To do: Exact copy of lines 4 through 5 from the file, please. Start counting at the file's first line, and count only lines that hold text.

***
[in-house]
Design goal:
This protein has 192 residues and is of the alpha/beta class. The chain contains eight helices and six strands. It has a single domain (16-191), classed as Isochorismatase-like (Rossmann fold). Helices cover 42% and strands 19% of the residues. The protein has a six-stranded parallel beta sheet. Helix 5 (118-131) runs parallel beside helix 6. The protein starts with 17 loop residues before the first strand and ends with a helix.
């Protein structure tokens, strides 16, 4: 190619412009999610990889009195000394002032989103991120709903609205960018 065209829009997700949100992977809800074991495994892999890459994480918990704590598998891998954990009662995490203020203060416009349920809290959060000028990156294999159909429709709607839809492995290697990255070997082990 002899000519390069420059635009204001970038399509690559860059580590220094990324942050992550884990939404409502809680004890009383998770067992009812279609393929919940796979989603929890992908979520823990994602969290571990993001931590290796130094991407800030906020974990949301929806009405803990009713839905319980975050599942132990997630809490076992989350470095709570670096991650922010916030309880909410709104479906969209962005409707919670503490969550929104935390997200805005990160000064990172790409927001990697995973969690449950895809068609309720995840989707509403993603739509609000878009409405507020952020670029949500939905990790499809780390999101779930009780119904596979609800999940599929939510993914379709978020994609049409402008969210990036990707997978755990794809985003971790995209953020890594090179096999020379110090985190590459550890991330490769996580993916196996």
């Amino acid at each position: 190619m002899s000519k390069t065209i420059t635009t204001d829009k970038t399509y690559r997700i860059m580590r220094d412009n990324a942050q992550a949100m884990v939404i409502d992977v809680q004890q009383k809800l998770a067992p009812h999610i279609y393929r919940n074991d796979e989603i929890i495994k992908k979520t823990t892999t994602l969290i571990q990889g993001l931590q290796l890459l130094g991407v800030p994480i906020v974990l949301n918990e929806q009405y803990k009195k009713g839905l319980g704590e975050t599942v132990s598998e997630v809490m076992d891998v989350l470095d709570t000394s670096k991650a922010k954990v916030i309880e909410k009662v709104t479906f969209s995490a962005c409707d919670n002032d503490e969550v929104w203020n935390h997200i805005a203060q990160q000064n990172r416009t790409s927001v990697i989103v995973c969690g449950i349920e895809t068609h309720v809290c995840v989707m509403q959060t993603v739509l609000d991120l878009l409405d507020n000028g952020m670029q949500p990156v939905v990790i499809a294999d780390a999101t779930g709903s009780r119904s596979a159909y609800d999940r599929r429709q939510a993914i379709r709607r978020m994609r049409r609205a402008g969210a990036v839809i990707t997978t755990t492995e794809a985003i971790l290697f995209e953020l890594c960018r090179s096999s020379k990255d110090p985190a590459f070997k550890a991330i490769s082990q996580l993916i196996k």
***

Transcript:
């Protein structure tokens, strides 16, 4: 190619412009999610990889009195000394002032989103991120709903609205960018 065209829009997700949100992977809800074991495994892999890459994480918990704590598998891998954990009662995490203020203060416009349920809290959060000028990156294999159909429709709607839809492995290697990255070997082990 002899000519390069420059635009204001970038399509690559860059580590220094990324942050992550884990939404409502809680004890009383998770067992009812279609393929919940796979989603929890992908979520823990994602969290571990993001931590290796130094991407800030906020974990949301929806009405803990009713839905319980975050599942132990997630809490076992989350470095709570670096991650922010916030309880909410709104479906969209962005409707919670503490969550929104935390997200805005990160000064990172790409927001990697995973969690449950895809068609309720995840989707509403993603739509609000878009409405507020952020670029949500939905990790499809780390999101779930009780119904596979609800999940599929939510993914379709978020994609049409402008969210990036990707997978755990794809985003971790995209953020890594090179096999020379110090985190590459550890991330490769996580993916196996």
């Amino acid at each position: 190619m002899s000519k390069t065209i420059t635009t204001d829009k970038t399509y690559r997700i860059m580590r220094d412009n990324a942050q992550a949100m884990v939404i409502d992977v809680q004890q009383k809800l998770a067992p009812h999610i279609y393929r919940n074991d796979e989603i929890i495994k992908k979520t823990t892999t994602l969290i571990q990889g993001l931590q290796l890459l130094g991407v800030p994480i906020v974990l949301n918990e929806q009405y803990k009195k009713g839905l319980g704590e975050t599942v132990s598998e997630v809490m076992d891998v989350l470095d709570t000394s670096k991650a922010k954990v916030i309880e909410k009662v709104t479906f969209s995490a962005c409707d919670n002032d503490e969550v929104w203020n935390h997200i805005a203060q990160q000064n990172r416009t790409s927001v990697i989103v995973c969690g449950i349920e895809t068609h309720v809290c995840v989707m509403q959060t993603v739509l609000d991120l878009l409405d507020n000028g952020m670029q949500p990156v939905v990790i499809a294999d780390a999101t779930g709903s009780r119904s596979a159909y609800d999940r599929r429709q939510a993914i379709r709607r978020m994609r049409r609205a402008g969210a990036v839809i990707t997978t755990t492995e794809a985003i971790l290697f995209e953020l890594c960018r090179s096999s020379k990255d110090p985190a590459f070997k550890a991330i490769s082990q996580l993916i196996k």